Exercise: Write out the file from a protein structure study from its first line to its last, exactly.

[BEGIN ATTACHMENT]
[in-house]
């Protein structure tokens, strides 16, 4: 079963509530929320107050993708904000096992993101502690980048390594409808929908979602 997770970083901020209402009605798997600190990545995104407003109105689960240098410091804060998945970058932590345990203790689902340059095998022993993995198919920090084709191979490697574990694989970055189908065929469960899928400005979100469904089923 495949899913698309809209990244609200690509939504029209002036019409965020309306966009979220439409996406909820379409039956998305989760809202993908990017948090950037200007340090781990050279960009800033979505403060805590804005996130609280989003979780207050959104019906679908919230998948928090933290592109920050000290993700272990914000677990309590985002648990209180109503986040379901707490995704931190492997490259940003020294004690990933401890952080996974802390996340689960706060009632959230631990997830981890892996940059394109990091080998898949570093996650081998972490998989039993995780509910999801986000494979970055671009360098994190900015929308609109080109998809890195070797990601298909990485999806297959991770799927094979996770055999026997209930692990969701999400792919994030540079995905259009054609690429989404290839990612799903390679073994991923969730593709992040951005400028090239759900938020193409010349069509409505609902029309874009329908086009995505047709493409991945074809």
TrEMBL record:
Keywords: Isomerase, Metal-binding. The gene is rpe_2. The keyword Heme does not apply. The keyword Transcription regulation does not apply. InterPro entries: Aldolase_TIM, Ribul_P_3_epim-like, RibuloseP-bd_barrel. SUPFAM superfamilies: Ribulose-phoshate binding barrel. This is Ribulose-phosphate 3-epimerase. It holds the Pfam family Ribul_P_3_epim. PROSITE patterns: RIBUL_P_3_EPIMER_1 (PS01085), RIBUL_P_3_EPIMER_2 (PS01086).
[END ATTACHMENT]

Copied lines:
[in-house]
């Protein structure tokens, strides 16, 4: 079963509530929320107050993708904000096992993101502690980048390594409808929908979602 997770970083901020209402009605798997600190990545995104407003109105689960240098410091804060998945970058932590345990203790689902340059095998022993993995198919920090084709191979490697574990694989970055189908065929469960899928400005979100469904089923 495949899913698309809209990244609200690509939504029209002036019409965020309306966009979220439409996406909820379409039956998305989760809202993908990017948090950037200007340090781990050279960009800033979505403060805590804005996130609280989003979780207050959104019906679908919230998948928090933290592109920050000290993700272990914000677990309590985002648990209180109503986040379901707490995704931190492997490259940003020294004690990933401890952080996974802390996340689960706060009632959230631990997830981890892996940059394109990091080998898949570093996650081998972490998989039993995780509910999801986000494979970055671009360098994190900015929308609109080109998809890195070797990601298909990485999806297959991770799927094979996770055999026997209930692990969701999400792919994030540079995905259009054609690429989404290839990612799903390679073994991923969730593709992040951005400028090239759900938020193409010349069509409505609902029309874009329908086009995505047709493409991945074809």
TrEMBL record:
Keywords: Isomerase, Metal-binding. The gene is rpe_2. The keyword Heme does not apply. The keyword Transcription regulation does not apply. InterPro entries: Aldolase_TIM, Ribul_P_3_epim-like, RibuloseP-bd_barrel. SUPFAM superfamilies: Ribulose-phoshate binding barrel. This is Ribulose-phosphate 3-epimerase. It holds the Pfam family Ribul_P_3_epim. PROSITE patterns: RIBUL_P_3_EPIMER_1 (PS01085), RIBUL_P_3_EPIMER_2 (PS01086).